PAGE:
Superintendent: Pay-less paydays, more cuts in Ypsilanti's future after state denies borrowing request
Teachers and administrators in Ypsilanti Public Schools may face the prospect of no pay or delayed pay in September. The district also faces a similar serious cash-flow problem in December and in two back-to-back pay periods in January.
This was the somber news Ypsilanti Public Schools Superintendent Dedrick Martin delivered to the Board of Education Monday night.
“And it just gets progressively worse after that,” he said.
He also said Monday that if the district is not able to complete a proposed merger with Willow Run Community Schools in timely fashion, the state could appoint an emergency manager by next spring.
Kyle Feldscher | AnnArbor.com file photo
A bewildered hush hung in the room as Martin spoke softly of the financial troubles, and the board trustees collectively looked at their hands.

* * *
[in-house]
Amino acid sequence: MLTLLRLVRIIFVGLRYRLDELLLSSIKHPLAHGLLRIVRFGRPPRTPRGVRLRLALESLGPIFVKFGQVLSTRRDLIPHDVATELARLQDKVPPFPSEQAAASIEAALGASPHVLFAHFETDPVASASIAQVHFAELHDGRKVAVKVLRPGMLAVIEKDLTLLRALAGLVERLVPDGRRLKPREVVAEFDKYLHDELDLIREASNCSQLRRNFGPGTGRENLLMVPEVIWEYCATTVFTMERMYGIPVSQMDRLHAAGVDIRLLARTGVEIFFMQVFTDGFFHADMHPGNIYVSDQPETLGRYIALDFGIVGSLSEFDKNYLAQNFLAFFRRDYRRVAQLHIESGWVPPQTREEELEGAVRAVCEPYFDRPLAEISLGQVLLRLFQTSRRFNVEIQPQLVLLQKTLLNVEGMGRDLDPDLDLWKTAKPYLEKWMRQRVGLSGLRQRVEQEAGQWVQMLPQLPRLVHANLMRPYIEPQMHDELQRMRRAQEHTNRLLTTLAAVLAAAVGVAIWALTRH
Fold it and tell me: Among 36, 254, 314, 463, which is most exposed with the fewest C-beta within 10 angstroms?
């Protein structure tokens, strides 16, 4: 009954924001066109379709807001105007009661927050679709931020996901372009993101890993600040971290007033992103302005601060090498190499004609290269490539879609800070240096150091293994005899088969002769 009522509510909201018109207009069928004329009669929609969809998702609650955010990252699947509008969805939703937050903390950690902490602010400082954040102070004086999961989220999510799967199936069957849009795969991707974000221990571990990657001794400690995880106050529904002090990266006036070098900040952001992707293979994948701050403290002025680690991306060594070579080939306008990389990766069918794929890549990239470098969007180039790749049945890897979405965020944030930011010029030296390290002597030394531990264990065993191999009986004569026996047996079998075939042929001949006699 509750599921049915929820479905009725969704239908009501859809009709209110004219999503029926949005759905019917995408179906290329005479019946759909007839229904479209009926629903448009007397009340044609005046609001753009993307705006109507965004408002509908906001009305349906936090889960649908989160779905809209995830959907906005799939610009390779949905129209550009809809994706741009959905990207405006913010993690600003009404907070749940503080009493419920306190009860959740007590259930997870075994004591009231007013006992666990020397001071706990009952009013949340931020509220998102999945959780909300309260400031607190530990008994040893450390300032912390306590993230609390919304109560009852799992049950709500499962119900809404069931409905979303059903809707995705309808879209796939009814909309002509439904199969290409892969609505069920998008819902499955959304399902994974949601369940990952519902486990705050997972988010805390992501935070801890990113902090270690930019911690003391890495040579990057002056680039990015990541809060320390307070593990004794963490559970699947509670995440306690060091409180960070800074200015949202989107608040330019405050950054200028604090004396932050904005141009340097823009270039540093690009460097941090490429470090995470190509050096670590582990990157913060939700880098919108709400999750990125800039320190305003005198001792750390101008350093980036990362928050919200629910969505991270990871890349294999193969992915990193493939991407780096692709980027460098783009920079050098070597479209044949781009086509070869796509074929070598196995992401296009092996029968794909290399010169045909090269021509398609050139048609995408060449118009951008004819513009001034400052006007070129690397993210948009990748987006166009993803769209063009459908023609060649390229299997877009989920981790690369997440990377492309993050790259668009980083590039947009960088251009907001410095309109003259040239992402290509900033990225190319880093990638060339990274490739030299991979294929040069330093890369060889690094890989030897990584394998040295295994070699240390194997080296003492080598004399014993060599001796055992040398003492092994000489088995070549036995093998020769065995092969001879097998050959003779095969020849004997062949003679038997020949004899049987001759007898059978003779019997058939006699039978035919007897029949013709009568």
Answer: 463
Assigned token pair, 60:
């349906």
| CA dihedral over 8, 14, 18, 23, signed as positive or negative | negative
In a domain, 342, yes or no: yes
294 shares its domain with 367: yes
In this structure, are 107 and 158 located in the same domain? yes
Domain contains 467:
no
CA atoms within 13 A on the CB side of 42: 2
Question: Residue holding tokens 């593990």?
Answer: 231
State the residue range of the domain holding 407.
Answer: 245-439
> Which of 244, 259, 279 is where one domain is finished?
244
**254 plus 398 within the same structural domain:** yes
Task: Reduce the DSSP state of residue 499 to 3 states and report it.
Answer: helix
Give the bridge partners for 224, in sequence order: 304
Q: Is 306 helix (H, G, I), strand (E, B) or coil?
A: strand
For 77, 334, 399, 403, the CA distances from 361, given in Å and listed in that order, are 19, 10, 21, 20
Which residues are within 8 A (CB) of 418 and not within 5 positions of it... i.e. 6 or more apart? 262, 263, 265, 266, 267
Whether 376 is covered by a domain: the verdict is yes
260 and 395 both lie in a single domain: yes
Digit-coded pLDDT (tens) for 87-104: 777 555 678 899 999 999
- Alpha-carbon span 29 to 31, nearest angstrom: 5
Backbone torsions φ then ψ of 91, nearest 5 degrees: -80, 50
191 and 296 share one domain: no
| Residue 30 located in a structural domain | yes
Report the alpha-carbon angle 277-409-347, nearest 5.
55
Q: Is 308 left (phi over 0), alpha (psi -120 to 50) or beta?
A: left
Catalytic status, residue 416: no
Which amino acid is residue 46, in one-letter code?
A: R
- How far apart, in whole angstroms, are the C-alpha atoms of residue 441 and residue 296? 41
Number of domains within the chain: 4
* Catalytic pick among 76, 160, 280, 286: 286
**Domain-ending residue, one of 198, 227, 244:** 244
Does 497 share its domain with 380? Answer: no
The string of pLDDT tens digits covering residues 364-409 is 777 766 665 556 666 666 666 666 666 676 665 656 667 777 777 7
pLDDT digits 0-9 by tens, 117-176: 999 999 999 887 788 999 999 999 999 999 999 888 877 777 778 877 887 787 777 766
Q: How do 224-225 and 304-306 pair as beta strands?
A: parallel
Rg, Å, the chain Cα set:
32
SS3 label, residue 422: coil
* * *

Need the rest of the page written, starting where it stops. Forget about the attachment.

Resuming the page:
Monday’s update was the outcome of a string of bad news that the district, already operating in a deficit, recently received. Ypsilanti finished the 2011-12 academic year nearly $10 million in the red.
At the end of June, Martin was notified by Standard and Poor’s, a national credit-rating agency, that it considered Ypsilanti Public Schools to be in poor financial standing. The designation will prevent the district from borrowing money from any organization other than the Michigan Department of Education, Martin said.
According to meeting minutes from June 25, Martin had received a similar notification from Moody’s Investors Service, which specializes in bond credit ratings, “a short time ago.”